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Study and Theory/

Yishayahu Levitt, adapted by Rabbi Moshe Amiel

The bird and the eagle

according to a fable

Once upon a time, when the Greeks made tough demands on the Jews who lived in Judea, Yehuda the Maccabee came, together with his brothers, to their father, Matityahu the Hasmonean, they stood before him and said:
Father, how long will we have to suffer the burden of these evil Greeks? See how they are abusing us, robbing us and oppressing us as far as their evil spirit sees fit. We have no further strength to bear this terrible enslavement. We can no longer suffer this disgrace. That’s it. The time has come to rise and fight the Greeks until we are victorious.

Matityahu the Priest was quiet for a long time. And then he said after thinking deeply:
G-d will help. Be careful, don’t hurry. I have also known the terrible suffering that all the people throughout Israel are suffering. I have known of the robbery and oppression. I have known of the spilt blood of the young and old. I have known the worsening of the trampling on our dignity. However we are peace lovers. And there are none in the world who know peace and love peace and chase after peace as we have known in G-d’s holy Torah. And heaven forbid that blood will be spilt. If we rise to war, a lot of blood will be spilt. Is it appropriate for us to do this? Is it correct for us to buy our freedom at the price of the blood of many? Can we fight these cruel enemies, whose strength is great and heavy and with numerous weapons? What force do we have, we are few as compared to them. Our force is weak against them, we have laboured on the Torah unlike them....” and he continued to contemplate facing his sons. However Yehuda rose and said: Our father, we have known how great the suffering is from war, but we cannot be silent any more. We are glad to die as free men rather than live the lives of slaves. Say the word and we will rise and go forth. Matityahu looked at his courageous son with great admiration; however he answered him half-heartedly and said: Leave me and I will out into the desert. There in the tranquillity of the desert I will think about this. I will pray to G-d, and I will think about our position. I will go and I will shortly return to tell you my advice, Matityahu rose and left Modiin towards the Judean Desert. He arrived and sat on a large rock that was placed in the opening to a cave. Suddenly he heard the sound a bird. He lifted his yes and saw a small bird flying above a nest feeding her chicks. Matityahu thought in his heart: I wish that the people of Israel were like that small bird, living a life of freedom, and no-one is coming to rob her of her nest, and no-one is abusing her chicks, and she has no need to spill blood. Thus he contemplated until suddenly he was frightened by the noise of a strong whistle which filled the air alike the noise of an oncoming storm.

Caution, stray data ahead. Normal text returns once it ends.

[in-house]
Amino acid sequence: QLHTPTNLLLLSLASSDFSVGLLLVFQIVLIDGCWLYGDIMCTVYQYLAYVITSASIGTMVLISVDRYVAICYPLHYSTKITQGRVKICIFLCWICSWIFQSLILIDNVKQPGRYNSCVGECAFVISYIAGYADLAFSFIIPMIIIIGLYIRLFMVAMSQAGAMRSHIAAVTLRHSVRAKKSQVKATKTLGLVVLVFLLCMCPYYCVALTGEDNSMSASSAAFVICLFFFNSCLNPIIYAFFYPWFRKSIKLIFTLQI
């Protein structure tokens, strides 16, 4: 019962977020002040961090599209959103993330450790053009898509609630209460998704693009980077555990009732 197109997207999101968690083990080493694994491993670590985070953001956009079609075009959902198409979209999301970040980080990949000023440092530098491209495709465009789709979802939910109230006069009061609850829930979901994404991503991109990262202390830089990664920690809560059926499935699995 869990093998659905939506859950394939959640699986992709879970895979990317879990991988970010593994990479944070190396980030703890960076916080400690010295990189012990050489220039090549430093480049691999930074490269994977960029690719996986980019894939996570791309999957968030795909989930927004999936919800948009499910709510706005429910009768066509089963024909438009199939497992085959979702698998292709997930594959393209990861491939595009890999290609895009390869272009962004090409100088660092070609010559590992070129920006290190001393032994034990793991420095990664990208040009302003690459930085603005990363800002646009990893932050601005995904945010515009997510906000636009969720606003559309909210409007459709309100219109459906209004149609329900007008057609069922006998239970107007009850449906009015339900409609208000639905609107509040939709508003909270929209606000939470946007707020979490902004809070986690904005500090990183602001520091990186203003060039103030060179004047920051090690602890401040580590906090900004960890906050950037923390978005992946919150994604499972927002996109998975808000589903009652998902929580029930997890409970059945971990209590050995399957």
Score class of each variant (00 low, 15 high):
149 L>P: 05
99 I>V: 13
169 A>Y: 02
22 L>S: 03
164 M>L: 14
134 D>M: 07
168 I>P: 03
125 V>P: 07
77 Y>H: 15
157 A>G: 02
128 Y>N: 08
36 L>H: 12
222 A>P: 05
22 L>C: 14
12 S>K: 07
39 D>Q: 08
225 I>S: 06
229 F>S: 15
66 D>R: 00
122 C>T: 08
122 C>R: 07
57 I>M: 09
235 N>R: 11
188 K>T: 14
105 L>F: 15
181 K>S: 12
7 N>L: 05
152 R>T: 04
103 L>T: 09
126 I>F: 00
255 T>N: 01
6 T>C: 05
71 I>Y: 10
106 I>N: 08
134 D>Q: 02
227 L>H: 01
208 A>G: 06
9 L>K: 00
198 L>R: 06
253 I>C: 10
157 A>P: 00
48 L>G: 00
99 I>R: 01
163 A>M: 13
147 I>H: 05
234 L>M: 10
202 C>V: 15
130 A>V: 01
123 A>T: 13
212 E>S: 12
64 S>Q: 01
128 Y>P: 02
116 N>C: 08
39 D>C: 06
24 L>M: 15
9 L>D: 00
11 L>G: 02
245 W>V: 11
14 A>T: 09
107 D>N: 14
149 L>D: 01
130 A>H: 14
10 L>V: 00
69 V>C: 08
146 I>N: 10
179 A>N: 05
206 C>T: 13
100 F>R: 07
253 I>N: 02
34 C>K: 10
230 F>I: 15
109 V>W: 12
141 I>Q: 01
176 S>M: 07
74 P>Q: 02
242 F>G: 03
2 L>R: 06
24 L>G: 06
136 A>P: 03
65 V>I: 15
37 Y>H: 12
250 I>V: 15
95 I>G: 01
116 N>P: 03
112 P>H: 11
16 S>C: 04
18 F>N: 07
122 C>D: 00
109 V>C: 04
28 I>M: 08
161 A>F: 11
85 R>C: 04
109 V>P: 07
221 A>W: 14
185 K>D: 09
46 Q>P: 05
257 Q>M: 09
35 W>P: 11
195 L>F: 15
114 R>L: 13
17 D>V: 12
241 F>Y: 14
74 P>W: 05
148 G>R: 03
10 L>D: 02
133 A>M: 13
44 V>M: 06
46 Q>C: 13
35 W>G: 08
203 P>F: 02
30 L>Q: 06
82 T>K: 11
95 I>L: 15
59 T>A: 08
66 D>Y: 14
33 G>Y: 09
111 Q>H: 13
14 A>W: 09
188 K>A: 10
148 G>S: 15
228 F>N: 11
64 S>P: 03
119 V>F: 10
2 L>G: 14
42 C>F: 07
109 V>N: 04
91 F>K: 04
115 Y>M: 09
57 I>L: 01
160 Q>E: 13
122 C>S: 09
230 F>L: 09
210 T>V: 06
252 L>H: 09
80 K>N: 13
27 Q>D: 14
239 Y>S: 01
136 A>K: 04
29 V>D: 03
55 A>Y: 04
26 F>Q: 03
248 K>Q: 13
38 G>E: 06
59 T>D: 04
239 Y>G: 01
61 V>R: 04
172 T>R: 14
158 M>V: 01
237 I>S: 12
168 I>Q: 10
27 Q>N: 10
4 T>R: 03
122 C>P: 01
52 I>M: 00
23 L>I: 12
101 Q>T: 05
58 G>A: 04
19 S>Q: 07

Matityahu lifted his eyes quickly and saw a black and large eagle descending in flight towards the bird’s nest. He could see what would happen, and saw the chicks flapping their little wings in fear, tweeting with fear and looking towards their mother crying for help. The bird did not flee.
She remained standing in her place above the nest. And aligned her beak in readiness to fight.

And Matityahu saw and his heart filled with pity, while thinking: what a poor thing the bird is, and what can she do, what strength does she have against that large black eagle? How can she use her thin beak against the tough and sharp beak of the eagle? Only a wondrous act would be able to save her and her children. And lo and behold a wonder occurred: the eagle flew quickly close to the nest and when it was very close the bird hopped up and stabbed it with all her might.
The eagle was frightened by her courage. He cried out in pain and fear and fled. And the bird returned to the nest to her scared chicks.

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